osiris37 wrote:Wow CD that's looking really nice, although I have a nostalgic fondness for the Nes like scrolling from your first tech demos, this one adds a hell of lot more 'creepy' atmosphere, and I thing would actually have more of a motivating pull to find the next exit as you feel something could be lurking in the darkness to grab you...
Great work as always
Osiris37, thanks for the feedback! I too had a soft spot for the old block/tile based line of sight. Might not have even started down this path if there wasn't a collective "meh" over the first tech demo video I made (not anyone here, more of the app-buying public at TouchArcade). The comments that I received there were enough to spur me on. Rather than do what's already been done visually, I would try to mix some more modern effects with the 16-bit era characters and monsters. Now I am glad that I tried... this is very cool in motion
New status update (as posted at TA too)- Many smaller bits of progress were made this week:
1) Tweaked cave generation a bit more, and improved the handling of wall torches so their light did not leak into adjacent areas where it should not be visible (unless you happened to have x-ray vision that is). I think the base algorithms and visual representation of caves are finished now. Things are looking great here!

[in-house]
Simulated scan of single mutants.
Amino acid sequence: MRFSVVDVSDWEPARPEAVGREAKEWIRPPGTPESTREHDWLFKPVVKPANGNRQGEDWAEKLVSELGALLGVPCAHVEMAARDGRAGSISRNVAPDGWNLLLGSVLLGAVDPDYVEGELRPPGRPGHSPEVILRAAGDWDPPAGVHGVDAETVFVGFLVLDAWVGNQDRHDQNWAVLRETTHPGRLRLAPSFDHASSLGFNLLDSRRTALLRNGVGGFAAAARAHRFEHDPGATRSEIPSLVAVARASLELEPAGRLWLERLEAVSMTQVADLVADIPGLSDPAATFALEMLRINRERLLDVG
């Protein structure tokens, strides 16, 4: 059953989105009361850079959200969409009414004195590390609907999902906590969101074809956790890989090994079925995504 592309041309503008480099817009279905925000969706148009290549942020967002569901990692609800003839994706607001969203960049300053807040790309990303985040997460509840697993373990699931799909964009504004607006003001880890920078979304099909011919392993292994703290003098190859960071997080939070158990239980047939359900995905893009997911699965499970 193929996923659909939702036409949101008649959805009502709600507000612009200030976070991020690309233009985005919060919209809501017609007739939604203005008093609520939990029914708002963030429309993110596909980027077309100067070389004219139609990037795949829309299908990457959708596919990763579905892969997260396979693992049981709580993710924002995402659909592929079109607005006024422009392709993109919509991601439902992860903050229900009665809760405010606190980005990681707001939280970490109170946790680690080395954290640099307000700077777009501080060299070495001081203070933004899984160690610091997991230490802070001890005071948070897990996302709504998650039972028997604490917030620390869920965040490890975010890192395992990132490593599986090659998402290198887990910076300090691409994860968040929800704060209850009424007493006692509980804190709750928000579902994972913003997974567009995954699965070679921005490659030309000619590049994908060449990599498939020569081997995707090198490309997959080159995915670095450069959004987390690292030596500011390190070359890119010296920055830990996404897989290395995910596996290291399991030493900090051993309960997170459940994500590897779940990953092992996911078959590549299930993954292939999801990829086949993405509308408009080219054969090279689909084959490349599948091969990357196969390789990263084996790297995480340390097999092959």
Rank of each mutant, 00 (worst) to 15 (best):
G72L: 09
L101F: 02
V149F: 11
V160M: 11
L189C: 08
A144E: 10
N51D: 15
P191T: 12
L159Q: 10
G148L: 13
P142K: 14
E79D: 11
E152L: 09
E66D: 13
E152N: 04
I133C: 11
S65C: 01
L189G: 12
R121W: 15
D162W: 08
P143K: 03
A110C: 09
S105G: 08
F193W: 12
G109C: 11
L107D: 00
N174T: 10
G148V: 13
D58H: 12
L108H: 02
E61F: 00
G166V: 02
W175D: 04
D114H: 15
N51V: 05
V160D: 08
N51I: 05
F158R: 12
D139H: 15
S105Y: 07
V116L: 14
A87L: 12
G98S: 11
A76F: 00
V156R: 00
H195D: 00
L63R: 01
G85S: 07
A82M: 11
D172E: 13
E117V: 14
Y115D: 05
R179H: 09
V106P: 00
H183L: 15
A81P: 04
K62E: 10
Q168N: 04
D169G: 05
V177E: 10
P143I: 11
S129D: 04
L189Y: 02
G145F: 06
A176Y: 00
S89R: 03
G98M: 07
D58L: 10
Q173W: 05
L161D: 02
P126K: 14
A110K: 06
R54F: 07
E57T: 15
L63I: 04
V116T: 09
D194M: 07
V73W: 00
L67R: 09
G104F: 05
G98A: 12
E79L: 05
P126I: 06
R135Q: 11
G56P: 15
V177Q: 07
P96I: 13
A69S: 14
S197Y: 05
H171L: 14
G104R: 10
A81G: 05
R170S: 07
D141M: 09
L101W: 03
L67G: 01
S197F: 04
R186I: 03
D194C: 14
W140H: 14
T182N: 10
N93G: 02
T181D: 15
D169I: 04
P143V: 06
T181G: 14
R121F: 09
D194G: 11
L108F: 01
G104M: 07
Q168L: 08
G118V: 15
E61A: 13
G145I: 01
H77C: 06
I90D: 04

2) Found a stupid bug in my tech demo code that was adding and drawing an extra vertice every frame. This would slowly compound over time until the demo would crash. Good news, it's fixed. Even better news, is the performance of screen updates was unaffected even when thousands of unwanted extra draw commands were being issued by the bug. That means I've got lots of potential for fancy particle effects even after the game logic and AI is running!
3) Took my castle & dungeon generation code and threw out most of it, started over fresh. Came up with some new methods that create great man-made layouts, squarish walls, passages and so on. Unlike Rogue Touch (and the original rogue) you will not find "dead end" hallways in Mineko. A hallway will always end in a room of some sort, even if it simply loops back around and connects to the room you came from! Room size and placement is much more varied, no more 3x3 grid of rooms like RT. This algorithm is capable of creating enormous levels, but I am limiting it to a reasonable size for the main game. Maybe the "post-game" bonus dungeons will have some super-sized floors
4) Started working on random Forest and outdoor-world level generation. Already, I am surprised and pleased with the results I am getting! This creates some very interesting terrain, looking like smooth walking paths and openings into fields/meadows. Unfortunately my forest tileset is *FAR* from complete, so I have no close-up shots of what it'll look like, but I have included samples using some generic color-blocks below. In the end, there should be a variety of dirt, grass, trees, flowers, and water mixed in.
The picture embedded here is a sampling of how the areas are structurally and visually distinct. An area is not just a series of hallways and square or rectangular rooms... each one has its own feel. Each of the environments in the game will have little hidden and interactive features to them (some of which I have figured out and some I am still defining).
For now, enjoy the terrain sample and please feel free to ask if you have any questions